Why 2020 was the year of "anti-trends" in the fashion industry

Jan 14 2021, 12:00 pm

Now that one of the most challenging years in recent history is over, we have the opportunity to examine the impact it had, and in some cases, continues to have on certain industries.

The fashion world is a case in point. Almost overnight, we went from living fast-paced lives with daily wardrobe struggles to a uniform made up of loungewear and go-to sweatpants. With work being conducted mostly at home, the desire to go shopping for head to toe outfits evaporated.

Tina Braumberger, the founder of online luxury consignment and resale site, Do Better Studios, shares her perspective of the past year in fashion with Daily Hive. “I dubbed 2020 the year of anti-trends as it was the year that our current systems were disassembled.”

Braumberger has over 10 years of experience in the fashion industry, six of which have been dedicated to luxury consignment. Before the pandemic, she says the industry was known to put out collections and trends on a very strict and rigorous timeline. “We were consuming this at an alarming rate.”

The fashion expert believes the industry hit the burnout phase around the same time that COVID-19 occurred. “Perhaps COVID allowed them the space to speak out.” She continues, “Head designers gave voice to their creative and physical exhaustion and demanded that things change.”

Fashion weeks, which previously consisted of elaborate runway shows, then shifted to creative and intimate presentations. At the same time, Braumberger says consumers themselves paused with lifestyles and work environments that looked and felt different.

“This directly affects fashion and our consumption wholeheartedly. We observed the fashion industry but there wasn’t a need to keep up at home,” she adds. “We’d put on a nice shirt for endless Zoom meetings but it no longer mattered what was on the bottom. We were buying up sweatsuits and tie-dying to cure boredom.”

There were considerable shifts in consumer fashion styling in 2020, and Braumberger says the industry saw a big influence from 90s fashion and pants with wider styles. “There were chunky boots with square toes paired with floral dresses. Victorian sleeves, belly chains and baguette bags.”

As for the consumer, interest in quality basics, athleisure, and sweatsuits grew. Braumberger notes the emergence of styling face masks with chains, too. She also saw an increase in luxury handbag and footwear sales to pair with more casual looks.

“I like to encourage investing in timeless pieces, as you’ll always see a higher return on investment from those items and you have flexibility on when to sell as the value increases year over year,” she explains. This means the ball is essentially in your court for when you want to cash out.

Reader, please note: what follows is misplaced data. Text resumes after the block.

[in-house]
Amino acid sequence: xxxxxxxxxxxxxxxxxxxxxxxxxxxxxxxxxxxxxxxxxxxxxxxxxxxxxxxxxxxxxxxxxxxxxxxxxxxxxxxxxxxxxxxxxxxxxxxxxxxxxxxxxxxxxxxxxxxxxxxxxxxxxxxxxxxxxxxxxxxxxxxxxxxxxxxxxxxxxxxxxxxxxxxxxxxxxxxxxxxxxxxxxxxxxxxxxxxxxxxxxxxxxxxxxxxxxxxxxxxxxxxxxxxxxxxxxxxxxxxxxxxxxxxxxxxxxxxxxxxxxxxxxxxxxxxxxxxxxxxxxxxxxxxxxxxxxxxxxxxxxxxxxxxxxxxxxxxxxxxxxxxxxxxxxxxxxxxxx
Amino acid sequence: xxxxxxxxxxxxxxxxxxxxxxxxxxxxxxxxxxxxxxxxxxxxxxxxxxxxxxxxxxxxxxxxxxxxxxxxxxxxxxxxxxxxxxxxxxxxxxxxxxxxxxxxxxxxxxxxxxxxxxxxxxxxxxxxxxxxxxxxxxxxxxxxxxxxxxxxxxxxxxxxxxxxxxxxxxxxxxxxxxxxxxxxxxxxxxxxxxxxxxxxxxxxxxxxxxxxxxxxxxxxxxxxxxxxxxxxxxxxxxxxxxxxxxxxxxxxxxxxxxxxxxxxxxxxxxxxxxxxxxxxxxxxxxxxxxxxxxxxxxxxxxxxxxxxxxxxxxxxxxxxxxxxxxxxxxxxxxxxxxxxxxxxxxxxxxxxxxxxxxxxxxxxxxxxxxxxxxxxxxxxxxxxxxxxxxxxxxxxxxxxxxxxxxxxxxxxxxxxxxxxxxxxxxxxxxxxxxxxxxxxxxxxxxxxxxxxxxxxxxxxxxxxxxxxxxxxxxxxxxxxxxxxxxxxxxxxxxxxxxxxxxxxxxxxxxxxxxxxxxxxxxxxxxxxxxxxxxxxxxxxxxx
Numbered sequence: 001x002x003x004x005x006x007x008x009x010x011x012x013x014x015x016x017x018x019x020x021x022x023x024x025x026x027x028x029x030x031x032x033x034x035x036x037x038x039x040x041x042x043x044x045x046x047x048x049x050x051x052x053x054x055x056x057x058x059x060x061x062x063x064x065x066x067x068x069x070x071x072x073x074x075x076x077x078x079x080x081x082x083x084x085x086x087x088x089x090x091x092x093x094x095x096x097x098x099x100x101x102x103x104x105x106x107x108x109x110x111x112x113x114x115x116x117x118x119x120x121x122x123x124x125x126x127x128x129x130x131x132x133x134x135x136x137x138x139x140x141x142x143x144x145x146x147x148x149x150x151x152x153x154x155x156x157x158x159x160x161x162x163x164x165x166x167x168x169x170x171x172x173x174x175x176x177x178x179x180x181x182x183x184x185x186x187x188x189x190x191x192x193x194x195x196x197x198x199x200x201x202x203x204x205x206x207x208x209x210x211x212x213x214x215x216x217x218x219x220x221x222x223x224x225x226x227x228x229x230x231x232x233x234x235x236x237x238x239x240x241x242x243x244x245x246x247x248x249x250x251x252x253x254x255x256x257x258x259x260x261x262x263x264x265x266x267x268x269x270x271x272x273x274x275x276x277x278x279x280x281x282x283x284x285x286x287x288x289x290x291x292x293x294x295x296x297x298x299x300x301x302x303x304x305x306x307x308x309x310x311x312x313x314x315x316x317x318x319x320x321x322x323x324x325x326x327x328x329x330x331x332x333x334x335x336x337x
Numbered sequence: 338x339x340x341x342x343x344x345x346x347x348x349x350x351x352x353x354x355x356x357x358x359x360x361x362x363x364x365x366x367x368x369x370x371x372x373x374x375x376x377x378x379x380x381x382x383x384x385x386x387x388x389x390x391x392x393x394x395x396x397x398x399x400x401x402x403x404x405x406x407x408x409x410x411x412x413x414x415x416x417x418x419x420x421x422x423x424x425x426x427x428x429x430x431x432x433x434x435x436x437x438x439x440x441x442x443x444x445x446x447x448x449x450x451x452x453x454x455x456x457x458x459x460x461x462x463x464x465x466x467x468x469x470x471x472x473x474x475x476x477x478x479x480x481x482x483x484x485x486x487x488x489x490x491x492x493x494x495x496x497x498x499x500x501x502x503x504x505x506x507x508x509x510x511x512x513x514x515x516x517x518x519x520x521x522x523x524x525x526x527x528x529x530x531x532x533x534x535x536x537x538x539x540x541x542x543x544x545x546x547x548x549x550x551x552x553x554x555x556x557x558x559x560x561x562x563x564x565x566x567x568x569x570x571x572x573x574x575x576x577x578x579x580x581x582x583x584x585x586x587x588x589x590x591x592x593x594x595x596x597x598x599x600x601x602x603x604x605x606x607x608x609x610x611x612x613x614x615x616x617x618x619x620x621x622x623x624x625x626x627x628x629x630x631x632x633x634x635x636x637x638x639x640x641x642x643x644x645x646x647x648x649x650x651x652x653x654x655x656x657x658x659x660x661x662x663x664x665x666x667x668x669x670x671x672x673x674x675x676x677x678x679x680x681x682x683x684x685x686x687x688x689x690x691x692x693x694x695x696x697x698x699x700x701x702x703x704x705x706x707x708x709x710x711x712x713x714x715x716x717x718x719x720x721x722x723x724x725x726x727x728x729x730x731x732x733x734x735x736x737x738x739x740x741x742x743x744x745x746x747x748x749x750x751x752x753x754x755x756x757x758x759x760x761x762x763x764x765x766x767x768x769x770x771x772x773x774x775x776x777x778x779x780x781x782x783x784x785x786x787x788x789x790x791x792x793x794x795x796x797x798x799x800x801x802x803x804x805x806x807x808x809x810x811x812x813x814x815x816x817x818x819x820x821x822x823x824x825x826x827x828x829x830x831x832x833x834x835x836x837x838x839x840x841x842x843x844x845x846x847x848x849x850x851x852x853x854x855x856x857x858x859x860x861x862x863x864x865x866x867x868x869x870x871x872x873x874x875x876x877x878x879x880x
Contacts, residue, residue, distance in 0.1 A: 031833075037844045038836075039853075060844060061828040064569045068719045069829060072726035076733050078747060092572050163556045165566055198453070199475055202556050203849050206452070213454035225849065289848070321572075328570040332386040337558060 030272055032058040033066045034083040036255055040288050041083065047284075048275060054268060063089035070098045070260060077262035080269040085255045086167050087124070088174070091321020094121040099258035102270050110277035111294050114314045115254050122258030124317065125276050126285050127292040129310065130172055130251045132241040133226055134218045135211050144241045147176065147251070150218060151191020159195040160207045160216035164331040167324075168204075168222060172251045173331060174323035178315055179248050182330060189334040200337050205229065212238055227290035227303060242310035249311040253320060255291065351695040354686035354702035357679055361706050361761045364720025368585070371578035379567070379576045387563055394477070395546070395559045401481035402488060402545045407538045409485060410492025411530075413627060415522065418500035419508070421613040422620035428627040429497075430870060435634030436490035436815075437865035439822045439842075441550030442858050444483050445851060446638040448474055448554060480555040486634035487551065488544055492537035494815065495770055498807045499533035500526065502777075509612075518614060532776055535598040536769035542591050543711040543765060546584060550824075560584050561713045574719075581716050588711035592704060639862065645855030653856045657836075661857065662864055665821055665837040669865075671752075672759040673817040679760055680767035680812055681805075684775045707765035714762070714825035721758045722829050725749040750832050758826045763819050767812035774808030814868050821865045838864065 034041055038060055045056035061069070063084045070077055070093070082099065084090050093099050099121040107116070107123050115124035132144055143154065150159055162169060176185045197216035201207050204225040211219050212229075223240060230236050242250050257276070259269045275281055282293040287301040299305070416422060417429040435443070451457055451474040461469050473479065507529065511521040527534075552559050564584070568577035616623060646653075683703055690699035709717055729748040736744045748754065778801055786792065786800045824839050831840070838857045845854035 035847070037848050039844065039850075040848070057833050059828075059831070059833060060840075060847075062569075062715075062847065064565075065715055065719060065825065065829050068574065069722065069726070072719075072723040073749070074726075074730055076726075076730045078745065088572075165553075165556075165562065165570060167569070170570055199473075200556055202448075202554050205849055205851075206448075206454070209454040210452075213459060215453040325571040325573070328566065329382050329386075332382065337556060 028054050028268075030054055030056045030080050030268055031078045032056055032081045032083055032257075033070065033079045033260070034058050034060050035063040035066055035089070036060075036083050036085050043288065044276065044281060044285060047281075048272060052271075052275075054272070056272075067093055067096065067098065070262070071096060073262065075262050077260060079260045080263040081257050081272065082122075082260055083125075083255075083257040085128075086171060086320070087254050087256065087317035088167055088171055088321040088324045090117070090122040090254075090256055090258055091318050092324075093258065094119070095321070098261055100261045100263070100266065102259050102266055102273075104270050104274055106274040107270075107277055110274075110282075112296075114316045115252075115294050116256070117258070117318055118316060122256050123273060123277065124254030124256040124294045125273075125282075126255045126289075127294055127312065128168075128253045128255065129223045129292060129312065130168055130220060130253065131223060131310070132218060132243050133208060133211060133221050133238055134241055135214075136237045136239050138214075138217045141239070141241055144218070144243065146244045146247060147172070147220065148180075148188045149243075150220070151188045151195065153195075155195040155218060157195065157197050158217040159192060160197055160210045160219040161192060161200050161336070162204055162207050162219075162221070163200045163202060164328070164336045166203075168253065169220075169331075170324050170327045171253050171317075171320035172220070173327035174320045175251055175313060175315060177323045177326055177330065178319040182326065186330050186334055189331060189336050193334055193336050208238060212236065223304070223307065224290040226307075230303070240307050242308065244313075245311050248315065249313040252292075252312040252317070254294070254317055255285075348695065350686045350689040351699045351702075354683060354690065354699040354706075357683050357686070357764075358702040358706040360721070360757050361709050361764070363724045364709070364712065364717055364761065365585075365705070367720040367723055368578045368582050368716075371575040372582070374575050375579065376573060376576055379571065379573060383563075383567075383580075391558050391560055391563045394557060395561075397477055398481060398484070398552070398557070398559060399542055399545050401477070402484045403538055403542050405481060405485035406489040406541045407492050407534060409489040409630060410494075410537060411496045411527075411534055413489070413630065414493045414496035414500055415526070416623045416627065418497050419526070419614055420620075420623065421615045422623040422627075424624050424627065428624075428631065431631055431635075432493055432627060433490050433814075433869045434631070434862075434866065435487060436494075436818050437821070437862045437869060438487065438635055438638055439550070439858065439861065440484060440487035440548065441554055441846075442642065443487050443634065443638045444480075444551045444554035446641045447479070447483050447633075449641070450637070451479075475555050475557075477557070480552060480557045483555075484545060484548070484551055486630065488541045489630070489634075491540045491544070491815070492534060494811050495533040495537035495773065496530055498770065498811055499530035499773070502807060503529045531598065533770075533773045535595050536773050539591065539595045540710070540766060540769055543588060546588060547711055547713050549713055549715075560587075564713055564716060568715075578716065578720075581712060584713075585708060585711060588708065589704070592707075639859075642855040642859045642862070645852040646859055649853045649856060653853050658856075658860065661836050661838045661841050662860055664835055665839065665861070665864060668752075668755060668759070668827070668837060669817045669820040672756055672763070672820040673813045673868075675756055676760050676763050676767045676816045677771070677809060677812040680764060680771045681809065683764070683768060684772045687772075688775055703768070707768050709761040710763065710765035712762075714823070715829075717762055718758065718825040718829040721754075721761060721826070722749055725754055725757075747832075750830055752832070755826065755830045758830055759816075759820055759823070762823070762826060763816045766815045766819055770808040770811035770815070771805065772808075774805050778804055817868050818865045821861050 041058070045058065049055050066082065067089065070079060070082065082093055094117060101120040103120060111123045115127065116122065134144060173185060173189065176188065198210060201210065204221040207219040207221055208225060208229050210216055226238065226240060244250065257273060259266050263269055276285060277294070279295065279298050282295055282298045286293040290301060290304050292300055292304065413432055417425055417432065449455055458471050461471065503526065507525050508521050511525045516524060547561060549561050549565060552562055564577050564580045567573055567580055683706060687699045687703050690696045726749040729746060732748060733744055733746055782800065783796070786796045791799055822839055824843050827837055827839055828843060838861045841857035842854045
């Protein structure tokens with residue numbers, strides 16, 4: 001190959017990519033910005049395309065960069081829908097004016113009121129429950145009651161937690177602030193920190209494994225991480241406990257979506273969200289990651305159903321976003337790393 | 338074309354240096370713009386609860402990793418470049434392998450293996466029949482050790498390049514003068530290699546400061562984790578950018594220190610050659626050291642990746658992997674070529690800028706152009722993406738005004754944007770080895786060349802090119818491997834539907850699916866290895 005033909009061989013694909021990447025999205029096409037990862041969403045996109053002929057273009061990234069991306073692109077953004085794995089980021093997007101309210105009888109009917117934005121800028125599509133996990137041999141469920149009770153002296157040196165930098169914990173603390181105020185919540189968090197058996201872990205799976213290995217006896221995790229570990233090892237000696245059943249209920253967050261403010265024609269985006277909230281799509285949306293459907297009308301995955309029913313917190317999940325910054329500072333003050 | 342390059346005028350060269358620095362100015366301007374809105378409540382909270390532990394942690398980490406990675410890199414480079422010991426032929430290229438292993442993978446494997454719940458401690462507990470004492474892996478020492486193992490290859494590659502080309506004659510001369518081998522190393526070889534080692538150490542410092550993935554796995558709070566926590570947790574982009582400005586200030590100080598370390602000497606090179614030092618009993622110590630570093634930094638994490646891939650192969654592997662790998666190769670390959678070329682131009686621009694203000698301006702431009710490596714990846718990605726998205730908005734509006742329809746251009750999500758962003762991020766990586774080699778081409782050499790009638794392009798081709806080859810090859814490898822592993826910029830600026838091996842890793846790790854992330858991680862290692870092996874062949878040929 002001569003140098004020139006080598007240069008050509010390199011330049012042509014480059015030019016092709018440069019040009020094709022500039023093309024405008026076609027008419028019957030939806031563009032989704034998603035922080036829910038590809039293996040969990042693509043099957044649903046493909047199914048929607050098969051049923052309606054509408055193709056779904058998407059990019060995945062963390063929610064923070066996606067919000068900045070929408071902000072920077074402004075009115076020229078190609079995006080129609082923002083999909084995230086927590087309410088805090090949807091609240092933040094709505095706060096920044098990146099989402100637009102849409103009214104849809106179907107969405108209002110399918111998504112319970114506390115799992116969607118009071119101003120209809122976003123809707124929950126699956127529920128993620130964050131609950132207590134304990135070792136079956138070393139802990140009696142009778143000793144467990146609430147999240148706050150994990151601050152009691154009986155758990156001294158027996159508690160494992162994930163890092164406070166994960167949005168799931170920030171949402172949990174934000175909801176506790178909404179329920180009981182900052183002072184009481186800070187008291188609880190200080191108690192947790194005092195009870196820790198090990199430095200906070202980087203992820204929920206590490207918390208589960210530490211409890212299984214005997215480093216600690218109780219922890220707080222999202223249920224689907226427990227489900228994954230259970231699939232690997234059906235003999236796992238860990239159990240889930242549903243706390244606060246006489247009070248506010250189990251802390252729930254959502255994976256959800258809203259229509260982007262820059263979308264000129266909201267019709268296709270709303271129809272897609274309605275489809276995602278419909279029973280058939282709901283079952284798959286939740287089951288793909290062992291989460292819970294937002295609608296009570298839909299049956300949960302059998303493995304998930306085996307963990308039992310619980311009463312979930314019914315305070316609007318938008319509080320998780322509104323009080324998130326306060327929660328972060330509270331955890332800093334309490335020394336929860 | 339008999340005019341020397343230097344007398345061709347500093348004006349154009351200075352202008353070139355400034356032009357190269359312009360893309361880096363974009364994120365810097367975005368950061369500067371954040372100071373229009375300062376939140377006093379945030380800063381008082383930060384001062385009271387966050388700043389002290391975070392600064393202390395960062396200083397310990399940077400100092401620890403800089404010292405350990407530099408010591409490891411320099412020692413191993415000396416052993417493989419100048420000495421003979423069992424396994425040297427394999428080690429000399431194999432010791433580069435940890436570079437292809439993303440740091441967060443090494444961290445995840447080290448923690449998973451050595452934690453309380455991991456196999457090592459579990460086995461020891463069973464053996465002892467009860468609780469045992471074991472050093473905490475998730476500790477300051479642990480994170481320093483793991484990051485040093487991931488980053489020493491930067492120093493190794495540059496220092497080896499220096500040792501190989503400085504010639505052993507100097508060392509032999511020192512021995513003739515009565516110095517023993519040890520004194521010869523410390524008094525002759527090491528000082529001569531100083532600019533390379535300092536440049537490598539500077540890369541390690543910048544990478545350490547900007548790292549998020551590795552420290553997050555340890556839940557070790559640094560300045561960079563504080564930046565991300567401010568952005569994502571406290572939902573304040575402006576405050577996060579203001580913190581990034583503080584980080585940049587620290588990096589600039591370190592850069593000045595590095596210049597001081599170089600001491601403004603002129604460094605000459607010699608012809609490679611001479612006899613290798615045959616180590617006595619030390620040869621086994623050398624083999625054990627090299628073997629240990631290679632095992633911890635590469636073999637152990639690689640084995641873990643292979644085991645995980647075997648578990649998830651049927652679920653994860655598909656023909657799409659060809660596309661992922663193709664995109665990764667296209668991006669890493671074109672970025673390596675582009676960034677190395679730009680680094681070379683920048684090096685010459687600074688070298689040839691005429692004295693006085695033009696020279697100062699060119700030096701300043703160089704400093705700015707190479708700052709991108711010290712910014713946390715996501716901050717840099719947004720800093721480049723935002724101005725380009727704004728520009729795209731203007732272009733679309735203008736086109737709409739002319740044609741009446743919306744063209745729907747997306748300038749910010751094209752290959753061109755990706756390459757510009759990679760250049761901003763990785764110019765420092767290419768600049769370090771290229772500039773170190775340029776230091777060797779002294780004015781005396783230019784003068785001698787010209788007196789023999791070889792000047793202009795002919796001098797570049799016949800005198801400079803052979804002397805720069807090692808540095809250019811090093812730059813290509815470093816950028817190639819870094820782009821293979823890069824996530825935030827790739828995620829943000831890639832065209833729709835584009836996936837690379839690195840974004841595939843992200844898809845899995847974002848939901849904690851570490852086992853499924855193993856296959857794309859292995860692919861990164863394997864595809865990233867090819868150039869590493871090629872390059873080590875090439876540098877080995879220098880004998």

“Hermès Birkin, Chanel Classic Flap or a Rolex GMT-Master. If you’re splurging on more of a trend piece, I recommend selling at the height of its popularity or shortly after for a greater return.”

In 2021, Braumberger anticipates three key trends emerging. “We’re going to see a continuation of comfort, but you’ll start to see it dressed up a bit more. Comfort-chic, if you will!”

She continues, “In terms of human nature, the sweatpants have been a real treat but I believe collectively we’re longing for some normality and the idea of dressing up seems like such a novelty, but it is quite alluring. I’m optimistic that the tail end of 2021 will have these roaring 20s vibes.” 

The second trend is textile innovations. “With high profile fashion houses removing fur from their lines, we’re seeing great innovations within the faux leather textiles like cactus leather. This’ll continue into faux furs as well as sustainable and recyclable textiles.” 

Lastly, it’s philanthropy in business. “For those who were fortunate enough to keep their business afloat through 2020, I sense a strong desire to give back and support the communities around them,” she says. “Consumers will be mindful of this when purchasing.” 

Braumberger’s greatest tip when shopping online? Be intentional with your purchase, whatever it may be, and research brands for their best practices. “Less is more.” 

And for anyone hoping to do a closet clear out, Do Better Studios offers cash payouts or consignment on authentic luxury goods. Appointments are available in person within Vancouver or virtually worldwide.

“For what will be a small moment in time, we jumped off the wheel,” says Braumberger, reflecting on the year of anti-trends. “We slowed down and it was liberating.”

Catriona HughesCatriona Hughes

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